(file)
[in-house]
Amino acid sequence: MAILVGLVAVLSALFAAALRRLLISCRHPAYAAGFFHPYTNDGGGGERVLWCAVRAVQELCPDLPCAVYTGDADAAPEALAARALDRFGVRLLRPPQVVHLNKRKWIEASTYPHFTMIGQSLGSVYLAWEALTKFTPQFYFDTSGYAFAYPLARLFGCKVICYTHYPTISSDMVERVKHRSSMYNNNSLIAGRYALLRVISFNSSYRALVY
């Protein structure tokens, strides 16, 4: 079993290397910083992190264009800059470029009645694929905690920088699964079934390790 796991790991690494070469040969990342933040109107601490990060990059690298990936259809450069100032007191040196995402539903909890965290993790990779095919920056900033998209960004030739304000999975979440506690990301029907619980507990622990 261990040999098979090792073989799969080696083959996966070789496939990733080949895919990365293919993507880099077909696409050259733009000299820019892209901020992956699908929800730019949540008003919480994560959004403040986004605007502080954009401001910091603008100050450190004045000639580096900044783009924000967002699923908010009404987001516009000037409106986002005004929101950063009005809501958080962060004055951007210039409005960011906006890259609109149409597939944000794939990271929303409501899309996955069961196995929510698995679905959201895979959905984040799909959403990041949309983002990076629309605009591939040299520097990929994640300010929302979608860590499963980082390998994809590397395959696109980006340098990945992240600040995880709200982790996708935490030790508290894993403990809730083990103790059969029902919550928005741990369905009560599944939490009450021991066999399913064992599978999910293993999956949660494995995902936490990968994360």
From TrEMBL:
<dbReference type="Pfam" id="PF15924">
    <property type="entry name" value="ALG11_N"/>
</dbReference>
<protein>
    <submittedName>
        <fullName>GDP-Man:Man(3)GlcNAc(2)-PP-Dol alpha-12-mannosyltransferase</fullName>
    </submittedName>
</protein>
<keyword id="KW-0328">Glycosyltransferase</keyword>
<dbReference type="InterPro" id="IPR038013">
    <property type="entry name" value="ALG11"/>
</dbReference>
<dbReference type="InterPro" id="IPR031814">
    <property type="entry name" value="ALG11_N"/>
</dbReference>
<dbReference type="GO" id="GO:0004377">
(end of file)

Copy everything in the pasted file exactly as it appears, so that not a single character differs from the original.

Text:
[in-house]
Amino acid sequence: MAILVGLVAVLSALFAAALRRLLISCRHPAYAAGFFHPYTNDGGGGERVLWCAVRAVQELCPDLPCAVYTGDADAAPEALAARALDRFGVRLLRPPQVVHLNKRKWIEASTYPHFTMIGQSLGSVYLAWEALTKFTPQFYFDTSGYAFAYPLARLFGCKVICYTHYPTISSDMVERVKHRSSMYNNNSLIAGRYALLRVISFNSSYRALVY
């Protein structure tokens, strides 16, 4: 079993290397910083992190264009800059470029009645694929905690920088699964079934390790 796991790991690494070469040969990342933040109107601490990060990059690298990936259809450069100032007191040196995402539903909890965290993790990779095919920056900033998209960004030739304000999975979440506690990301029907619980507990622990 261990040999098979090792073989799969080696083959996966070789496939990733080949895919990365293919993507880099077909696409050259733009000299820019892209901020992956699908929800730019949540008003919480994560959004403040986004605007502080954009401001910091603008100050450190004045000639580096900044783009924000967002699923908010009404987001516009000037409106986002005004929101950063009005809501958080962060004055951007210039409005960011906006890259609109149409597939944000794939990271929303409501899309996955069961196995929510698995679905959201895979959905984040799909959403990041949309983002990076629309605009591939040299520097990929994640300010929302979608860590499963980082390998994809590397395959696109980006340098990945992240600040995880709200982790996708935490030790508290894993403990809730083990103790059969029902919550928005741990369905009560599944939490009450021991066999399913064992599978999910293993999956949660494995995902936490990968994360």
From TrEMBL:
<dbReference type="Pfam" id="PF15924">
    <property type="entry name" value="ALG11_N"/>
</dbReference>
<protein>
    <submittedName>
        <fullName>GDP-Man:Man(3)GlcNAc(2)-PP-Dol alpha-12-mannosyltransferase</fullName>
    </submittedName>
</protein>
<keyword id="KW-0328">Glycosyltransferase</keyword>
<dbReference type="InterPro" id="IPR038013">
    <property type="entry name" value="ALG11"/>
</dbReference>
<dbReference type="InterPro" id="IPR031814">
    <property type="entry name" value="ALG11_N"/>
</dbReference>
<dbReference type="GO" id="GO:0004377">